[Beowulf] Some clarification

Michael Will mwill at penguincomputing.com
Thu Aug 18 13:19:51 PDT 2005

William Hopkins wrote:

>Hello! I can't seem to find the kind of clarification
>I want on Beowulf
>clusters, so I'll ask here:
>To my understanding, a beowulf cluster is a cluster
>designed for
>processing power as opposed to redundancy, 
mostly agreed on.

>of a bunch of
>stripped-down workstations 
Can be stripped down workstations or brand-new racked 1U systems that
are diskless and boot via PXE off of the headnode, use infiniband for
faster message passing etc.

>running a software that
>accepts messages
>remotely, so you can write an application that uses
>the remote systems'
>processors as if it were a simple multi-processor
>environment? It
>doesn't yield any extra power to existing, non
Correct. Except that you could run several of those in parallel with 
input parameters. So in particular if you have an application like image 
and a bunch of images to process, you could script some batching around it
to run as many in parallel as you have available nodes.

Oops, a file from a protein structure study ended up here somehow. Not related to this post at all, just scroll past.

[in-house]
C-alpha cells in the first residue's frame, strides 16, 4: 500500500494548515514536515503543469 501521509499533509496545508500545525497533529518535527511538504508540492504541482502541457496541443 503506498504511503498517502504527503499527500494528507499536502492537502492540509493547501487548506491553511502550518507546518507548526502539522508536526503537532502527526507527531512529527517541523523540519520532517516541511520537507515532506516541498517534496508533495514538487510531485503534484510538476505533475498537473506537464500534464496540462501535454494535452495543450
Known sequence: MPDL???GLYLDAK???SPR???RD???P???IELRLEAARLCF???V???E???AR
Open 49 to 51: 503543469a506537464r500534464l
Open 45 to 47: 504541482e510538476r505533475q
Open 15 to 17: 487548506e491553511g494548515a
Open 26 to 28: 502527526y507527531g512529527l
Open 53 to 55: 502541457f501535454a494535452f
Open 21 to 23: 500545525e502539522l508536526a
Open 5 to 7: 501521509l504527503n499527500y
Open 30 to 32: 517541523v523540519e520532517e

In most beowulf installations (like Scyld) you could just throw all the 
jobs into the queue and it would be processed with one job on one CPU until
all jobs are done.

So it won't help to give more power to a single instance of a serial 
program but
it makes it easy to run multiple copies in parallel.

>Or is there a way to transparently use the remote
>processors as if local, thus allowing smart software
>like 3d Studio MAX to recognize and automatically use
>the extra processing power? Of course with 3dsmax I
>could also install the remote client to each network
>machine, it supports that, but not all softwares do.
For beowulf, the answer is usually no. Check out OpenMosix which 
promises a lot
of those things for multithreaded applications, but I would not expect 
it to work
very well in most cases.

Typical problems are: remote ressources are being accessed through the 
and communication overhead can slow down everything worse than necessary
if the transparent automatisms make the wrong decisions for you.

Michael Will

Michael Will
Penguin Computing Corp.
Sales Engineer
415-954-2899 fx
mwill at penguincomputing.com 

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